At the beginning of the semester we solicit entrepreneurship ideas from the students in the class, we work with the students and the UNC Charlotte Office of Technology Transfer7 on the Intellectual property for the idea. In the spring 2013 semester we formed six teams where students worked together on these projects; one team, the conservatory team, worked in parallel on the prototype of the project (see Figures 3a and 3b) in the Senior Design II capstone course. Promoting a Culture of Innovation by Supporting Projects in Senior Design Capstone Courses Our foray into entrepreneurial senior design projects started with a student idea – can students design and build a dryer vent-crawling robot that is both innovative and marketable.
The students successfully designed and prototyped a device8. The business concept was very well received by the entrepreneurial community in our town – it won second prize for student-lead ideas. Unfortunately, since there was no financial support for a rugged prototype, the idea was not pursued. To build and promote a culture of innovation the faculty decided to support senior design projects from the course grant. We followed the UNC Charlotte senior design capstone course9,10 process of posting the project description on the course website. Examples of these can see at references 11 through 15. This methodology provided a chance to all our senior engineering students to read these entrepreneurship topics and select them to be from their top five senior design project choice if they wish.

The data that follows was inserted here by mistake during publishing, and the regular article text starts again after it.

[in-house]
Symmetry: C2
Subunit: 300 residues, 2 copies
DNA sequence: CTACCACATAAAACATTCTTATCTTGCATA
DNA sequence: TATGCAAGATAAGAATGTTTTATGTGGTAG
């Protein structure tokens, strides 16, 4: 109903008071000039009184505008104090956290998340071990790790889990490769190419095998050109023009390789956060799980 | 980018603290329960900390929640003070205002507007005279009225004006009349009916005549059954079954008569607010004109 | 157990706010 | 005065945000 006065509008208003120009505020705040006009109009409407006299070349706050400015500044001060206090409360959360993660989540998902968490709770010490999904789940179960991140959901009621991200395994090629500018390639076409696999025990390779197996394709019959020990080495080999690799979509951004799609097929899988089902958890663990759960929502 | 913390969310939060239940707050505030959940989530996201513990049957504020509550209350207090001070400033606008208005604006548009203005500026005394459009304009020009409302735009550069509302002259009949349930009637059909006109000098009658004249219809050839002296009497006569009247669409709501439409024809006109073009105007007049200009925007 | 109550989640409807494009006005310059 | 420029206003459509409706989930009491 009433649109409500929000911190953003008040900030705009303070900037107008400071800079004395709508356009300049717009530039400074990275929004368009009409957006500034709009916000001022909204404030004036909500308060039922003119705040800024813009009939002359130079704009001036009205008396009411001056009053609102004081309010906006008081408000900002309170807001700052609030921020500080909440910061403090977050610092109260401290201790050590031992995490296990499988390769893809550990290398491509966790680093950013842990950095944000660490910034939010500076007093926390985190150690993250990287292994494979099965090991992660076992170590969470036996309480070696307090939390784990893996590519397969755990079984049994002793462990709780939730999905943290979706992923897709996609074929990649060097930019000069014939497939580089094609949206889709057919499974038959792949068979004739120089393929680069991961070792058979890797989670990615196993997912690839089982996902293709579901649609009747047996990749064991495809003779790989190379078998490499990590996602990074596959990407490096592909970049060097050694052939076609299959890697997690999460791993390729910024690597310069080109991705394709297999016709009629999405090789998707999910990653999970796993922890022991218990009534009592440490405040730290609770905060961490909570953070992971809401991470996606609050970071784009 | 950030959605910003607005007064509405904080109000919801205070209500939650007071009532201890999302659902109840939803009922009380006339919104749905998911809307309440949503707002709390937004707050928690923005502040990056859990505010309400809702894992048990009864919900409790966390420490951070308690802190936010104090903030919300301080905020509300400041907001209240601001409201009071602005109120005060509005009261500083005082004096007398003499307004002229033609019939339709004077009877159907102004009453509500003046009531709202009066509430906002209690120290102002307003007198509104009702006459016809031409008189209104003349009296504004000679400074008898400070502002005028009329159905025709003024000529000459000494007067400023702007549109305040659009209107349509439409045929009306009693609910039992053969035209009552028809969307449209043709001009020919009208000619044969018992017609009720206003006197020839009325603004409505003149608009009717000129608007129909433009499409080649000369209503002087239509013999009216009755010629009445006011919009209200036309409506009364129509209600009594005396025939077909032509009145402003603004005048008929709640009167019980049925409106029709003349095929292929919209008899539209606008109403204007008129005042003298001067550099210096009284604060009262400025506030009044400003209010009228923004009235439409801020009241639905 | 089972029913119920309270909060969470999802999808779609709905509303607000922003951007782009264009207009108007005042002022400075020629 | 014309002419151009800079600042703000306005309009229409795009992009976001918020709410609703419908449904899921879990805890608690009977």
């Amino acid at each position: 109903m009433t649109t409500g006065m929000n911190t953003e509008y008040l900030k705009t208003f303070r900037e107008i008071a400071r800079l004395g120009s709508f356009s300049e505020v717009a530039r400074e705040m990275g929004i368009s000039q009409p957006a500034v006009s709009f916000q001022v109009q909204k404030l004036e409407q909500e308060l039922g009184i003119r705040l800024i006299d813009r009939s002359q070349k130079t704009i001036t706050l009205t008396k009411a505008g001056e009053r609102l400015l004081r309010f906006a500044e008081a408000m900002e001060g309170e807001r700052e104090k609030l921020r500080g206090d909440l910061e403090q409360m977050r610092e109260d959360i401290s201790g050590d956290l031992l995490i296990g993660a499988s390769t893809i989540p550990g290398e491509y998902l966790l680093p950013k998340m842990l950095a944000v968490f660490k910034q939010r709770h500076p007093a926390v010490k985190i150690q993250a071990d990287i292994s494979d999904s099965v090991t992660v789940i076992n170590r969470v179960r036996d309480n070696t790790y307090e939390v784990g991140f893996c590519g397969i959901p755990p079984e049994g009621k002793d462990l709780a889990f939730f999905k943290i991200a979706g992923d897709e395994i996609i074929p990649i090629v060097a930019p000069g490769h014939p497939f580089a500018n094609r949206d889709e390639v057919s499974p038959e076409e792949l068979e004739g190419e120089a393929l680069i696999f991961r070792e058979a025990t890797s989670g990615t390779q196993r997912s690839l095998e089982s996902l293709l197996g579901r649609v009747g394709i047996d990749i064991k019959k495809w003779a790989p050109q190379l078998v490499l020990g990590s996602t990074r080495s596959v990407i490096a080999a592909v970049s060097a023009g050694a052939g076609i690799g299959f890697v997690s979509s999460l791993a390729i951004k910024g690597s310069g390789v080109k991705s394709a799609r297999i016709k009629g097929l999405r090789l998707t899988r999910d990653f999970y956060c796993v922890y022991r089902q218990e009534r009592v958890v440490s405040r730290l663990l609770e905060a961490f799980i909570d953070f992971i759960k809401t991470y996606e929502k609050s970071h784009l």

Each semester we selected additional students to join the each group. The first entrepreneurship project that received support from the course grant was in the fall 2012. The design team consisted of five multidisciplinary (two computer, one electrical and two mechanical) students working together on designing a system that can create an environment that will autonomously grow plants utilizing various types of sensors, the sensors and controls take the human factor out of the hydroponics process and allows for the plants to be grown in optimal growing conditions11. The first goal of this project was to create a design and demonstrate a proof of concept of the design in the 2nd semester of this capstone sequence. This design can be utilized by a group of hobbyists (that don’t have the room or time for a garden) as well as large corporation looking for more efficient, cheaper, autonomous way to monitor and grow their products. This system uses a database server, control system, and a Mobile Notification System (MNS). The server is used for data storage and hosting the MNS. The control system incorporates the Arduino microcontroller board for process